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The Vatican says transgender people can be baptized and serve as godparents

The Holy See also opens the door for the children of same-sex couples to be baptized, stating that a priest’s decision must be based on the ‘well-founded hope that he or she will be educated in the Catholic religion’

Pope Francis, during his Wednesday audience at the Vatican.
Pope Francis, during his Wednesday audience at the Vatican.FABIO FRUSTACI (EFE)
Daniel Verdú

Adults identifying as transgender can receive the sacrament of baptism, and trans adults — even if they have undergone gender-transition surgery — can serve as godfathers or godmothers under certain conditions. That’s according to a document from the Dicastery for the Doctrine of the Faith (DDF), the dicastery of the Holy See that deals with doctrinal and theological issues of the Catholic Church.

The document — signed on October 31 by Pope Francis and his prefect, the Argentine cardinal Víctor Manuel Fernández — responds to a question posed by Brazilian bishop José Negri on the involvement of LGBTQ+ people in weddings and baptisms.

In its response, the DDF states: “A transgender person, even if they have undergone hormone therapy and sex-reassignment surgery, can receive baptism under the same conditions as other faithful.” But adds this is only permissible “if there are no situations in which there is a risk of generating a public scandal or disorientation among the faithful,” without going into further detail.

Children who identify as transgender can also be baptized if “well prepared and willing,” the document adds.

The DDF also opens the door for the children of same-sex couples to be baptized, stating that a priest’s decision would have to be based on the “well-founded hope that he or she will be educated in the Catholic religion.”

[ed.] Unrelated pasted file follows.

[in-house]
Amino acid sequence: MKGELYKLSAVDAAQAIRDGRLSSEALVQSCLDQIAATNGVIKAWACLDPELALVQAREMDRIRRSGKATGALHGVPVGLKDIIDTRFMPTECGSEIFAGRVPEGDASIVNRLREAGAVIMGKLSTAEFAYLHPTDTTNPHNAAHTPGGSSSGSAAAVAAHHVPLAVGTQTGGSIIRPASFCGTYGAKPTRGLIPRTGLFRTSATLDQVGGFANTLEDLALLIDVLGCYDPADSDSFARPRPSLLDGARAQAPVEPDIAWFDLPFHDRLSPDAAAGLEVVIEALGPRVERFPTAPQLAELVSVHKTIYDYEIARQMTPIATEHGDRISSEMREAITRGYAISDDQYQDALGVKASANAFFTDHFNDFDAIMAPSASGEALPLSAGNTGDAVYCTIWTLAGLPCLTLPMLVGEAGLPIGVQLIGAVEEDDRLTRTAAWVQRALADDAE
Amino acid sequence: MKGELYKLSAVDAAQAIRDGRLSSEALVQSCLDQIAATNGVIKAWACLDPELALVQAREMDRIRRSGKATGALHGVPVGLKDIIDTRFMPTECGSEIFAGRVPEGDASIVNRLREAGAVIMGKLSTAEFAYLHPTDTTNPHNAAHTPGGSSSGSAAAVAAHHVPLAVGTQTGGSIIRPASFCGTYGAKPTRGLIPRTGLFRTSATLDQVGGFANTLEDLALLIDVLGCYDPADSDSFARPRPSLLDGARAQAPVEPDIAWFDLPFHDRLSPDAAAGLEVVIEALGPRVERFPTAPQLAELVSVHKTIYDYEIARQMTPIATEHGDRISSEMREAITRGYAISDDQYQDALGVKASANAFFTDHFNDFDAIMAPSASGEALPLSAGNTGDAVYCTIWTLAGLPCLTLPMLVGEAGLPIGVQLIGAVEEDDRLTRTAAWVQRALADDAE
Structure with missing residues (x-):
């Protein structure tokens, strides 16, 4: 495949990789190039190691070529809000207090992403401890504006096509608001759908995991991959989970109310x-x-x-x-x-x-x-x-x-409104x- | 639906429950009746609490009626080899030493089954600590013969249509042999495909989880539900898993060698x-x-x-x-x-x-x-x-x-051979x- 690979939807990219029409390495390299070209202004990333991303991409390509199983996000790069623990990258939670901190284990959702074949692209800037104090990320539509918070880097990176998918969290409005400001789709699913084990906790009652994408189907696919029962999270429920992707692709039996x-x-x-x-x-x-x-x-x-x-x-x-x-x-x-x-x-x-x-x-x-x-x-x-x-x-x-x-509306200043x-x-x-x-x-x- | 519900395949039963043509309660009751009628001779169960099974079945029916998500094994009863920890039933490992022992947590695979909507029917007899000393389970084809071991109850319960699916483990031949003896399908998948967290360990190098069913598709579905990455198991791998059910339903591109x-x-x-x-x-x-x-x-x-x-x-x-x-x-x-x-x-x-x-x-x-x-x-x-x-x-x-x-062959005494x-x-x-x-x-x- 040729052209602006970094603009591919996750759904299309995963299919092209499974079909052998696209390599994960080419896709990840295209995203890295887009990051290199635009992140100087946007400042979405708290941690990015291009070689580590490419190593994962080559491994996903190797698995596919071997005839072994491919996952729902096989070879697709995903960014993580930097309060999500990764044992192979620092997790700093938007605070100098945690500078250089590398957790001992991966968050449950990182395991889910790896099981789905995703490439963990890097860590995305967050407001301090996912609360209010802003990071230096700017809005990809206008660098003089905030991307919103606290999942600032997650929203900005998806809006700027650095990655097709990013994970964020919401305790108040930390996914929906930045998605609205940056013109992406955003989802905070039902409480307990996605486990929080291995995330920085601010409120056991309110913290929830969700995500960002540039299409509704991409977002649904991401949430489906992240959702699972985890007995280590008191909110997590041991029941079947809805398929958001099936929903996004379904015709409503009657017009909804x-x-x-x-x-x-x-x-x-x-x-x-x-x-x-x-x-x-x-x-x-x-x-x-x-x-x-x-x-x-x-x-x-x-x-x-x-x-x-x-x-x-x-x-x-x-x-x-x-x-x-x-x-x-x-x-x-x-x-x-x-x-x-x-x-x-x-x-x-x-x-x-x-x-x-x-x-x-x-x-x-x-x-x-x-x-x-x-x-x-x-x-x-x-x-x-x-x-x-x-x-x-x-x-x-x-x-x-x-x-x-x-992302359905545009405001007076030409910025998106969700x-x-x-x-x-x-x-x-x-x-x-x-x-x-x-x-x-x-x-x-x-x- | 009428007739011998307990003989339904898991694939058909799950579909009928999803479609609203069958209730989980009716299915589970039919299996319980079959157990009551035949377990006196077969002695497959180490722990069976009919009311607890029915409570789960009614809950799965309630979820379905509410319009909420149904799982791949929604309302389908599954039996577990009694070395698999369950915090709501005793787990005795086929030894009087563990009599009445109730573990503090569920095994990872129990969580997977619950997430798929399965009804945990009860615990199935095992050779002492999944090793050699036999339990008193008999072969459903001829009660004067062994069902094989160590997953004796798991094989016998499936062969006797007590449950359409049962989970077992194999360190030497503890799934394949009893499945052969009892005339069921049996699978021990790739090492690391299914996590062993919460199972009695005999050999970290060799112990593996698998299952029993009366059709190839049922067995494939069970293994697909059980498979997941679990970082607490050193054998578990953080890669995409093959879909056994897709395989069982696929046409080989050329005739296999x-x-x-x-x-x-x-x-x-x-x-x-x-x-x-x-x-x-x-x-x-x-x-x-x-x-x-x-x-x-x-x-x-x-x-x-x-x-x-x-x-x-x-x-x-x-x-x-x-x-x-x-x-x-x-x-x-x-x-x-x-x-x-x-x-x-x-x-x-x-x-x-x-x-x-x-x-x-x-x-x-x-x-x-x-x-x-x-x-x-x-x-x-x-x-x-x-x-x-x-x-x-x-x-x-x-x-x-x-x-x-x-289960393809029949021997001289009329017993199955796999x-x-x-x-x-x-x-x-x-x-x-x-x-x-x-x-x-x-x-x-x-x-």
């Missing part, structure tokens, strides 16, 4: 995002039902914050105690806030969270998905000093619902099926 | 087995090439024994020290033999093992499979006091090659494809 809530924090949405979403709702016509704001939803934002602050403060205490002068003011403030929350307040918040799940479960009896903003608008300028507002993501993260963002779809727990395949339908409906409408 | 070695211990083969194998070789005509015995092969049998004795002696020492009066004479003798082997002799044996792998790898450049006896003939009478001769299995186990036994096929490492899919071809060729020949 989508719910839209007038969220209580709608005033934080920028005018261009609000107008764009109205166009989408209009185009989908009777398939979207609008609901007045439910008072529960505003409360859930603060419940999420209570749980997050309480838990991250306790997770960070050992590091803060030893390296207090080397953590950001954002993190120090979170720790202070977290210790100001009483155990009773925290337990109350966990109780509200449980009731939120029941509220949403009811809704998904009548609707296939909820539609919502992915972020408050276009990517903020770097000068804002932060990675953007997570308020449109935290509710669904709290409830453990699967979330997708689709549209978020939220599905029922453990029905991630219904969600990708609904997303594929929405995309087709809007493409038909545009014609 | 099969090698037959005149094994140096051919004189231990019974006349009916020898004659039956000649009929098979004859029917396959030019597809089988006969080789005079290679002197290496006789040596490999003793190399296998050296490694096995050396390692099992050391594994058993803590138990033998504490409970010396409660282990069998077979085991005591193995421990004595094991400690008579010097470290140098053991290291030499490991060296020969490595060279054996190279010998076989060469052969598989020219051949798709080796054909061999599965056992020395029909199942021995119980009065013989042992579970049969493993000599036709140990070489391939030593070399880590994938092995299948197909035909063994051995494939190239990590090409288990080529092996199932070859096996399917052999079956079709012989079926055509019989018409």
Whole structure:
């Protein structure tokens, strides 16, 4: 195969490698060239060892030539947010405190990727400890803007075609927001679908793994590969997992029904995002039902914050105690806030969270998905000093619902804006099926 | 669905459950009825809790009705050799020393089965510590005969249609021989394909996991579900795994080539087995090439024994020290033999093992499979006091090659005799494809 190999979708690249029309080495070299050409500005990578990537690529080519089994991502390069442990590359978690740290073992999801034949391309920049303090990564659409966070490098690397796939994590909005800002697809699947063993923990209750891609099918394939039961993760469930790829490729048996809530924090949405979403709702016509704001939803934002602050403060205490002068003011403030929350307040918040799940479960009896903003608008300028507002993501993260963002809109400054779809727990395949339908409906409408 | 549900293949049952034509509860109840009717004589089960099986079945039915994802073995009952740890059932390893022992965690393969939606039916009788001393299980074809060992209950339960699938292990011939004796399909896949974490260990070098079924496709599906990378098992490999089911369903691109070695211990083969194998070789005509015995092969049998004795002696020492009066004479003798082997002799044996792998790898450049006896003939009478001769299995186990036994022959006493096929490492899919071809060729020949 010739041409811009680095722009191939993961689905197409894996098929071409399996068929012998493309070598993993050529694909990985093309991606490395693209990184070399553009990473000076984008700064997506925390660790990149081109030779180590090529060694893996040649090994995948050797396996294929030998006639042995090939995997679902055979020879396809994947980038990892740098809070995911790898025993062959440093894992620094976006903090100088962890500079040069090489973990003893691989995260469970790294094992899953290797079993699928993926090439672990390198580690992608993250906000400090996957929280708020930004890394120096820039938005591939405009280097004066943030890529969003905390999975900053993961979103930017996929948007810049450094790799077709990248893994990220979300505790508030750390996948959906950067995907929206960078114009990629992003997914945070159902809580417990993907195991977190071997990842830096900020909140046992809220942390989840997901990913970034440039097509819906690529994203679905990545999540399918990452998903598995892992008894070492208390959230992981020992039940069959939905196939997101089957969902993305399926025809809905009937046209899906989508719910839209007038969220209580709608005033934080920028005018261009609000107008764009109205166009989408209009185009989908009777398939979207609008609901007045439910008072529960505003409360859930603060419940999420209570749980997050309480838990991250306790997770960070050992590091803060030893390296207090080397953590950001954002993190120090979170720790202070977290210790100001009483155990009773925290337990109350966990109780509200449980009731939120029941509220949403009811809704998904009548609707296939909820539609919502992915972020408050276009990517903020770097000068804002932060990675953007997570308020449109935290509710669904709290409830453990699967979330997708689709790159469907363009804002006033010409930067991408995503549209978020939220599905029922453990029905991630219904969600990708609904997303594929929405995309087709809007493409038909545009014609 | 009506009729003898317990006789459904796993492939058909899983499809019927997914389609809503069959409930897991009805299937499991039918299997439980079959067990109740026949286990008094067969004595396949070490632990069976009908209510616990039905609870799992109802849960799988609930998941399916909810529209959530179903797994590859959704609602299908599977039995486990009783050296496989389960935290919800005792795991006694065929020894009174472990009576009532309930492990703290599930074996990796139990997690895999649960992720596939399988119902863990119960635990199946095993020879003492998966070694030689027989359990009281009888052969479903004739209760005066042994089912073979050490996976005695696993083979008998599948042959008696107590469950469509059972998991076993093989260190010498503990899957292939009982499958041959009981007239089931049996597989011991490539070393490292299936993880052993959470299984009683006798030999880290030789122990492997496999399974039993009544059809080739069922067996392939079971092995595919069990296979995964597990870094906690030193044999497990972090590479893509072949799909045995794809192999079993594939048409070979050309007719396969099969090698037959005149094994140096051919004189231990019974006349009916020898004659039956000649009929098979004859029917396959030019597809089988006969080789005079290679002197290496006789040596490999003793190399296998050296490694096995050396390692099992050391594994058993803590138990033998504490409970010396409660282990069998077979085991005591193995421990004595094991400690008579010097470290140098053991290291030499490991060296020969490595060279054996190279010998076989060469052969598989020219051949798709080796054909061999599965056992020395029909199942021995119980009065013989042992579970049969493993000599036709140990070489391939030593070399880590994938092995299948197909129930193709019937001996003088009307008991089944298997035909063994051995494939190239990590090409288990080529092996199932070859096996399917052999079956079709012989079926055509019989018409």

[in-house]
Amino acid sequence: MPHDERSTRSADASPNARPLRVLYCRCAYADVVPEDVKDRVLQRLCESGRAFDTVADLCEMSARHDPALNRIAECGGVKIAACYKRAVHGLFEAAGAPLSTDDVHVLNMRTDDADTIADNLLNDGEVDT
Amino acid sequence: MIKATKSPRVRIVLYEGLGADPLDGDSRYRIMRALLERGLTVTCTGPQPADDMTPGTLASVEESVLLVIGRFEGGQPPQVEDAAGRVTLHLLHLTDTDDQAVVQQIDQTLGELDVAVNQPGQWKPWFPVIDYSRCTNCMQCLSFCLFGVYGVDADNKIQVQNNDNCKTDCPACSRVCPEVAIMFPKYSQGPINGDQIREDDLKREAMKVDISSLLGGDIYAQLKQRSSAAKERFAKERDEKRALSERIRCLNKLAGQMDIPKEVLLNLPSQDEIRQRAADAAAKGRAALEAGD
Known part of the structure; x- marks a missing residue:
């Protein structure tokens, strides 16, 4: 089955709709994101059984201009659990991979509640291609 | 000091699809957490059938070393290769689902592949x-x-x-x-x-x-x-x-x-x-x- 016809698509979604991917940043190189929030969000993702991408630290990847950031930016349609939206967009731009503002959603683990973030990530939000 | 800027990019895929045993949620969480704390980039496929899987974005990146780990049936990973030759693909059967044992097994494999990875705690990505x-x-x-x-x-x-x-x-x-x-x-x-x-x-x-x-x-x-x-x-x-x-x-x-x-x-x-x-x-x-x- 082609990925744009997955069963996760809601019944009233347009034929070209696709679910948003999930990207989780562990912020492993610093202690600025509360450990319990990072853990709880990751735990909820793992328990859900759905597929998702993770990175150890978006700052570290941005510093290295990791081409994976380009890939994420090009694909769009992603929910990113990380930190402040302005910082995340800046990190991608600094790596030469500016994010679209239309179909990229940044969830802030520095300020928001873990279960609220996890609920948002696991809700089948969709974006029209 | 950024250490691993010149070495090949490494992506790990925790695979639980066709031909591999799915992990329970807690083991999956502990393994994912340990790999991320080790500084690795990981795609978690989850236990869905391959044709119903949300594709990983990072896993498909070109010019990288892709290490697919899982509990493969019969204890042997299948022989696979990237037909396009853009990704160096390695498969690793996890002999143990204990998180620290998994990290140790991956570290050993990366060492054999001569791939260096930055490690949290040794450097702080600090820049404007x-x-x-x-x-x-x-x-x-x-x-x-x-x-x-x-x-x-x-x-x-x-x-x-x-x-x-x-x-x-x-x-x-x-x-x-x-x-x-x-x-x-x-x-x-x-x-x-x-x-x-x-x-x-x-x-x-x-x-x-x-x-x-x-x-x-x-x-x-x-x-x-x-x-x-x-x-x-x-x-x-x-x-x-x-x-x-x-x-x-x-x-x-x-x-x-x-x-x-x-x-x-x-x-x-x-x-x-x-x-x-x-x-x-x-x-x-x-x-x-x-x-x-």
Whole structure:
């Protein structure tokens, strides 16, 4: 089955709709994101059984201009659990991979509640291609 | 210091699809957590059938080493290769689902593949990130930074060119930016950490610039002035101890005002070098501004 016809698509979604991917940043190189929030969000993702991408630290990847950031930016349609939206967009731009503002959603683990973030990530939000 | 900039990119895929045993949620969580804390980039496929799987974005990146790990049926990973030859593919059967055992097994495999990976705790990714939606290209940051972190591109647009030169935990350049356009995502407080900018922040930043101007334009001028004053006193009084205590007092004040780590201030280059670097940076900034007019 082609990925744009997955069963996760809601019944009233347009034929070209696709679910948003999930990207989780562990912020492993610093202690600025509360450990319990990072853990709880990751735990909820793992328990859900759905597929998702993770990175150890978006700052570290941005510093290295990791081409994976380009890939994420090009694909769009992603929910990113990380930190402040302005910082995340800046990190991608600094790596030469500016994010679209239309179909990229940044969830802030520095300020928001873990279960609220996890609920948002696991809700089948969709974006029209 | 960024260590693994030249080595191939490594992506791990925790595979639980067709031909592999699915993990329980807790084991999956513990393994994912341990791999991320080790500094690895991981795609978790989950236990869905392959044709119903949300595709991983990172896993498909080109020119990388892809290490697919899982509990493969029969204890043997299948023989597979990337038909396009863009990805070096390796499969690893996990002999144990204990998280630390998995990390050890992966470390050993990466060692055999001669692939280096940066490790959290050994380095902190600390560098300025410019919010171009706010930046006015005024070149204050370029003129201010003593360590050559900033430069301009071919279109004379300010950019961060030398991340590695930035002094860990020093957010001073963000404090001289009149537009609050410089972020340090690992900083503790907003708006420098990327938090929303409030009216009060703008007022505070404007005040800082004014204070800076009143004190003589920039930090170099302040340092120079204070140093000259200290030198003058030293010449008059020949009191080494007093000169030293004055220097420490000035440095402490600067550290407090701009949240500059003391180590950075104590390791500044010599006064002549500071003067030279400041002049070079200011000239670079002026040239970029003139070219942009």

It also said there was nothing in current Church law that prohibits people who identify as transgender or cohabiting same-sex couples from acting as witnesses of a marriage.

The document adds that transgender people may serve as godparents “under certain conditions.” It states that priests have the discretion to refuse such a request if “there is a danger of scandal, undue legitimization or disorientation in the educational sphere of the church community”.

The DDF says that these responses — which would set a canonical precedent and must be taken into consideration throughout the world — “repropose, to a large extent, the fundamental contents of what had already been affirmed on this matter in the past” by the Dicastery, in reference to a document on the issue from December 2018.

The document justifies this position by citing Catechism of the Catholic Church, St. Thomas Aquinas, and St. Augustine of Hippo, and recalls that Pope Francis himself defends that baptism “is the door which allows Christ the Lord to dwell in our person,” and that “the Church is not a tollhouse; it is the house of the Father, where there is a place for everyone, with all their problems.”

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